Men outpace women by a significant margin when it comes to earning academic honors at Harvard Business School. What's behind the gap?
By John A. Byrne, contributor
(poetsandquants.com) -- Is there an academic gender gap at Harvard Business School? Apparently so. A new study has found that proportionally more men than women receive academic honors at Harvard, and that has been the case for many years.
Though women accounted for 36% of Harvard's 2009 class, only 11% of the school's Baker Scholars were female, an honor given to students who are in the top 5% of HBS' graduating class.
Meantime, women in the class of 2009 received only 21% of the first-year honors (awarded to the top 20% of the class) and 22% of the second-year honors.
The gap narrowed only slightly last year for the class of 2010, according to the study. Though women accounted for 38% of the class, only 20% of the Baker Scholars were female. Some 23% of the first-year honors and only 28% of the second-year honors were awarded to female MBA students.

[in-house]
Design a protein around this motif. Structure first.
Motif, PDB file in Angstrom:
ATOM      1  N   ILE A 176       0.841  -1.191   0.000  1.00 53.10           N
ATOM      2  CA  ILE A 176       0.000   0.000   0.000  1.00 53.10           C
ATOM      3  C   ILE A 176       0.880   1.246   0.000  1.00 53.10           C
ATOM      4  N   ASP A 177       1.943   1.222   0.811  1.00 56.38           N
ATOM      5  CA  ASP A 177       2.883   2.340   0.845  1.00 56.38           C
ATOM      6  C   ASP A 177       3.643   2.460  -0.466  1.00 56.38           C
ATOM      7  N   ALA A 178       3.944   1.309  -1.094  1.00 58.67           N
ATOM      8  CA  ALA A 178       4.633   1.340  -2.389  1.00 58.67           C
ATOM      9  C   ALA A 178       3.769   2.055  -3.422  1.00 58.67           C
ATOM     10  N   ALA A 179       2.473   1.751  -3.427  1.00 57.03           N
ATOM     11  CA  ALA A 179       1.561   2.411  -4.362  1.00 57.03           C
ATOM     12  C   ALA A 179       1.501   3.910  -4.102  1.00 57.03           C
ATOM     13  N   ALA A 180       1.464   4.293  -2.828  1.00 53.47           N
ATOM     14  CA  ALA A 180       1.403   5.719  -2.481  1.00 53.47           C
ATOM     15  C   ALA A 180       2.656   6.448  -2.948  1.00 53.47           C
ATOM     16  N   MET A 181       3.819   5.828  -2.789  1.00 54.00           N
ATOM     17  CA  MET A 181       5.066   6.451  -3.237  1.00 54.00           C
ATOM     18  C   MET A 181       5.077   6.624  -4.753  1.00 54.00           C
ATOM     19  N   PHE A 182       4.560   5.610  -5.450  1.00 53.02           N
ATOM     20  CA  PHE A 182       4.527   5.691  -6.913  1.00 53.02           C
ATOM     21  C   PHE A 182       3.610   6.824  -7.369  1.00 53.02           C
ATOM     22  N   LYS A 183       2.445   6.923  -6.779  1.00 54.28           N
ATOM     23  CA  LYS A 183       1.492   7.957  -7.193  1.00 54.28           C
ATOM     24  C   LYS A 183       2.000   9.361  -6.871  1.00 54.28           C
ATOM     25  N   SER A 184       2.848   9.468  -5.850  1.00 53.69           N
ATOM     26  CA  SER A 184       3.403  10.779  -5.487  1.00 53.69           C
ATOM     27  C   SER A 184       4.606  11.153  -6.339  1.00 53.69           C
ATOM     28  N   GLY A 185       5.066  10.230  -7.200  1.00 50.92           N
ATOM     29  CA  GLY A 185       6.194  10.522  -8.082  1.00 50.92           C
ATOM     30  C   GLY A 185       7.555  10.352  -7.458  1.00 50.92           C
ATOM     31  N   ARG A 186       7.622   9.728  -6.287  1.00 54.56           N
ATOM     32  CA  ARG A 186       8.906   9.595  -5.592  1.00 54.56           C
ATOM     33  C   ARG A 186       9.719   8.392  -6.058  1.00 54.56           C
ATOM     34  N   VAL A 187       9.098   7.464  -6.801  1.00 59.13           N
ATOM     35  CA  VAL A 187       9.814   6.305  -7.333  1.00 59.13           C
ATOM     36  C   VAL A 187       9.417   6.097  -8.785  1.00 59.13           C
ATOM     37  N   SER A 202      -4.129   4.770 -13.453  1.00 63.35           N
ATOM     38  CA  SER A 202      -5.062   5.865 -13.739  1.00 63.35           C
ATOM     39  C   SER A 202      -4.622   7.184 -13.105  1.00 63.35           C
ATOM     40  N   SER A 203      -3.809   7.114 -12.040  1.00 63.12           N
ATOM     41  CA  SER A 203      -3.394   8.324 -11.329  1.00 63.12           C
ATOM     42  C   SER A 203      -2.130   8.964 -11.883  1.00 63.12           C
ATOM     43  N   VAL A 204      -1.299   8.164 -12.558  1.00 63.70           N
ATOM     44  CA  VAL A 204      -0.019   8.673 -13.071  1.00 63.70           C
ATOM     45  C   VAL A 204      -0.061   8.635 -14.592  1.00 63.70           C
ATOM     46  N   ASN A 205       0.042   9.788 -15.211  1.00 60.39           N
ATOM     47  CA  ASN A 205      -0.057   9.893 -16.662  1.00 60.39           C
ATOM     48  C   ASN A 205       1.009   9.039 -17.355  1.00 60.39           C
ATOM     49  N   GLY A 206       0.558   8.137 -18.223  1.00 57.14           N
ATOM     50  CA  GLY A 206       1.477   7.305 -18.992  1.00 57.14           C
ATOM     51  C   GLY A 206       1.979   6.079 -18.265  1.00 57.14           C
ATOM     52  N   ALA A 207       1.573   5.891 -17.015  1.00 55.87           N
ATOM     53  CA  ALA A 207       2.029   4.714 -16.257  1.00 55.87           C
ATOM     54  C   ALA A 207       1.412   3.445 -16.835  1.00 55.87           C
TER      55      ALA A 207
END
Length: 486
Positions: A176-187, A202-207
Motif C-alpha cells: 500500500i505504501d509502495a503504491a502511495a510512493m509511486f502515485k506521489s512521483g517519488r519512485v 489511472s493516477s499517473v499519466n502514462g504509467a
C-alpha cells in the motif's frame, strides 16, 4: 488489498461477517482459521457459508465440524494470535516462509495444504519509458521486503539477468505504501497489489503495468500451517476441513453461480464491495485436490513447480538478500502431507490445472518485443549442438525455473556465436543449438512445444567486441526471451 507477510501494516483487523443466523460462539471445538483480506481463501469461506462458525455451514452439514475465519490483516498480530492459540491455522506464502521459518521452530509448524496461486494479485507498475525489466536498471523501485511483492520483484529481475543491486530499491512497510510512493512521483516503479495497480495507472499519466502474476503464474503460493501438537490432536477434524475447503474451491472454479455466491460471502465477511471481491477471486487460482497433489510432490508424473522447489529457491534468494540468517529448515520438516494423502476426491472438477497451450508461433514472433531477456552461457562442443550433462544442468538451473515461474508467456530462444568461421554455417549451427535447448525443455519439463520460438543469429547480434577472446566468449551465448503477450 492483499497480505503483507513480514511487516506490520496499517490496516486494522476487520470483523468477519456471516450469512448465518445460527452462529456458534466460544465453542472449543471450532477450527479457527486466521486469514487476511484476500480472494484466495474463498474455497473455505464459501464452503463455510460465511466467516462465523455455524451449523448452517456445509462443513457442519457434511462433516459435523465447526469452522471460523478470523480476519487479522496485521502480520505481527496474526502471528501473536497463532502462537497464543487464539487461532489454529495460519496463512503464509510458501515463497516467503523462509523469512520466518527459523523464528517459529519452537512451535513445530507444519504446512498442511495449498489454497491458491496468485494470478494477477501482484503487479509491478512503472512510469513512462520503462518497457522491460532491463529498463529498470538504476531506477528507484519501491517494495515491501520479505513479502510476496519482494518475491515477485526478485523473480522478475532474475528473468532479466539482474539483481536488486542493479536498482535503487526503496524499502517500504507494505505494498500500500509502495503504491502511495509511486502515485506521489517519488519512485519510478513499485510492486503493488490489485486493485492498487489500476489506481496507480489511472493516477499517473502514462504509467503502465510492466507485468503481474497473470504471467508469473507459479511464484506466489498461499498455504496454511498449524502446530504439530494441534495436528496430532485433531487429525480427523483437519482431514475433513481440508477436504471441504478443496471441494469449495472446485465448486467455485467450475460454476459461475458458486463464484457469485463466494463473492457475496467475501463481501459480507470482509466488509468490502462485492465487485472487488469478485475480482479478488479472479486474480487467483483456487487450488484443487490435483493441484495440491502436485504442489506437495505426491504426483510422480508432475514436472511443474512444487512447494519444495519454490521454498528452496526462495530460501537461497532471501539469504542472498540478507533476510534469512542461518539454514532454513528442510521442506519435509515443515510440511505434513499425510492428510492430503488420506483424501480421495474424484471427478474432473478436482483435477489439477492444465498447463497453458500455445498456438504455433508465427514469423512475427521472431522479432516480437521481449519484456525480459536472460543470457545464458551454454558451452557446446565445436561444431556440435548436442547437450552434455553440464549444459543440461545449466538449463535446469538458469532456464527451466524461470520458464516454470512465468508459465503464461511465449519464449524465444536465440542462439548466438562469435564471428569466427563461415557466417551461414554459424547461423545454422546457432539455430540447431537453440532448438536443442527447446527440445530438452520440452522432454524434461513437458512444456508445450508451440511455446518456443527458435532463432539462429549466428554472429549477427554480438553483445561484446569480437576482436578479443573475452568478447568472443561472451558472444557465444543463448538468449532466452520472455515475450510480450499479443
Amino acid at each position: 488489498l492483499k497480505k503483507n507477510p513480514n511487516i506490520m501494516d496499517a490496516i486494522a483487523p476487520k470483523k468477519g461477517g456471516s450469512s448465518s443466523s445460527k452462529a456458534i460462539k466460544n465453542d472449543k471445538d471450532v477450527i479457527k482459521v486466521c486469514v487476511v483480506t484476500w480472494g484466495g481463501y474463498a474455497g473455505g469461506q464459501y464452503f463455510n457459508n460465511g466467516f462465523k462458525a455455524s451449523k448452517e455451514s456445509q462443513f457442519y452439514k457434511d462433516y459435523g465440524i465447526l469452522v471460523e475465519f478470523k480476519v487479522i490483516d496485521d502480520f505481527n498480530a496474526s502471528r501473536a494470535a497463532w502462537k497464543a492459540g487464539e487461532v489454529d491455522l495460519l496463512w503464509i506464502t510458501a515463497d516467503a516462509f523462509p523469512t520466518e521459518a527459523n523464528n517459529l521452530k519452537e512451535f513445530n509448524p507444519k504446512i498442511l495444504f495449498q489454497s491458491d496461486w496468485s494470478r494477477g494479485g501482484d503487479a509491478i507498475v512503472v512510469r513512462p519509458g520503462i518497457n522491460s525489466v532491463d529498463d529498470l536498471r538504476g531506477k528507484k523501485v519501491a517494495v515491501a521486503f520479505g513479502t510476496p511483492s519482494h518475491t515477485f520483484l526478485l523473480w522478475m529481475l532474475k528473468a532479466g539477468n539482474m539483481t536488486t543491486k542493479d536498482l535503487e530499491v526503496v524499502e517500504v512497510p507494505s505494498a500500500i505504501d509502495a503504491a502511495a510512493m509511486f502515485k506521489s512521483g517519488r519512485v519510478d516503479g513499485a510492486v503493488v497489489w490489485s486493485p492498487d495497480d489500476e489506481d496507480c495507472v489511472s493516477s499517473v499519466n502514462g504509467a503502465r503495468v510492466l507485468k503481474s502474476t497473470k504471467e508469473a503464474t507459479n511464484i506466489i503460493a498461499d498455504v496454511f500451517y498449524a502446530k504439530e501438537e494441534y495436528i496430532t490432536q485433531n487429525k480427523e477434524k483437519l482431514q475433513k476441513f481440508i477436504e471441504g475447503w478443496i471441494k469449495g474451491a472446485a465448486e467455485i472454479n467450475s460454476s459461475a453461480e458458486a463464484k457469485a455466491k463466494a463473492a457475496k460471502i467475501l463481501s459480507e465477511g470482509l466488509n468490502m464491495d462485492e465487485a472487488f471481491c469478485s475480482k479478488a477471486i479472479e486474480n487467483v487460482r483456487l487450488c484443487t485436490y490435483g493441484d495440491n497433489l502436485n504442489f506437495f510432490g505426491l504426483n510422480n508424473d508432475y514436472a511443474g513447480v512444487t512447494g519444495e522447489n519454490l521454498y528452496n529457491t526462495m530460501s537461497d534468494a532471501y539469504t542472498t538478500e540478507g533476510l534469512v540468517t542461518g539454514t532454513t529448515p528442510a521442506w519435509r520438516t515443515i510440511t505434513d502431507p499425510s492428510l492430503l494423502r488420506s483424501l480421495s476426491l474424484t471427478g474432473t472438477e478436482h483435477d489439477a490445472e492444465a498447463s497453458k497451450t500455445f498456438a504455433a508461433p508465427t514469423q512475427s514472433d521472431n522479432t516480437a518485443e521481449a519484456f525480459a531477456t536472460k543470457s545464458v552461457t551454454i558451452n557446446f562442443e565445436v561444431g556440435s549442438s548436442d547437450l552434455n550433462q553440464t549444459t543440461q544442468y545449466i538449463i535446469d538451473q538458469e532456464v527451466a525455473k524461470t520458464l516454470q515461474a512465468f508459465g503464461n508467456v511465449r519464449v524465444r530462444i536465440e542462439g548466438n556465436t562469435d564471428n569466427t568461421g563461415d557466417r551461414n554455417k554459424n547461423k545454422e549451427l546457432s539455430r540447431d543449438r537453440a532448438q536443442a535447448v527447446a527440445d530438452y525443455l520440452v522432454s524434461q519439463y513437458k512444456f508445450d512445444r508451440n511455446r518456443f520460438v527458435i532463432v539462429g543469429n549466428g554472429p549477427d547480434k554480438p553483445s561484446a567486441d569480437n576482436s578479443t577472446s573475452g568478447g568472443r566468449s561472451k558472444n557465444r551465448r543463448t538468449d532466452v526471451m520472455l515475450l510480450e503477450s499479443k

What makes these differences even more striking is that a subsequent study at Harvard found that women place more importance on academics than men and spend significantly more time preparing for class.
Apparently, the issue is not exclusive to Harvard Business School. A recent study by Harvard students found "a similarly marked academic gender gap" at eight peer business schools. "However, there is little to no awareness of the issue at other schools, especially among students," the study found. "Women's groups at other schools tend to focus almost exclusively on career-oriented efforts or increasing the percentage of women in the student body."
Some of those peer schools, which were not identified by name in the study, have 20-plus percentage point gaps between the proportion of female students and the number of women receiving academic honors. More
Women are heading to business school in larger numbers than ever before, and at younger ages to boot. But how much are women gaining from the degree?
By Elizabeth G. Olson, contributor
FORTUNE -- More women than ever are earning graduate business degrees, and at younger ages than ever before. But it's unclear whether these women are gaining much from the degree, with persistent wage gaps between men and women who have MOREApr 22, 2011 5:00 AM ET
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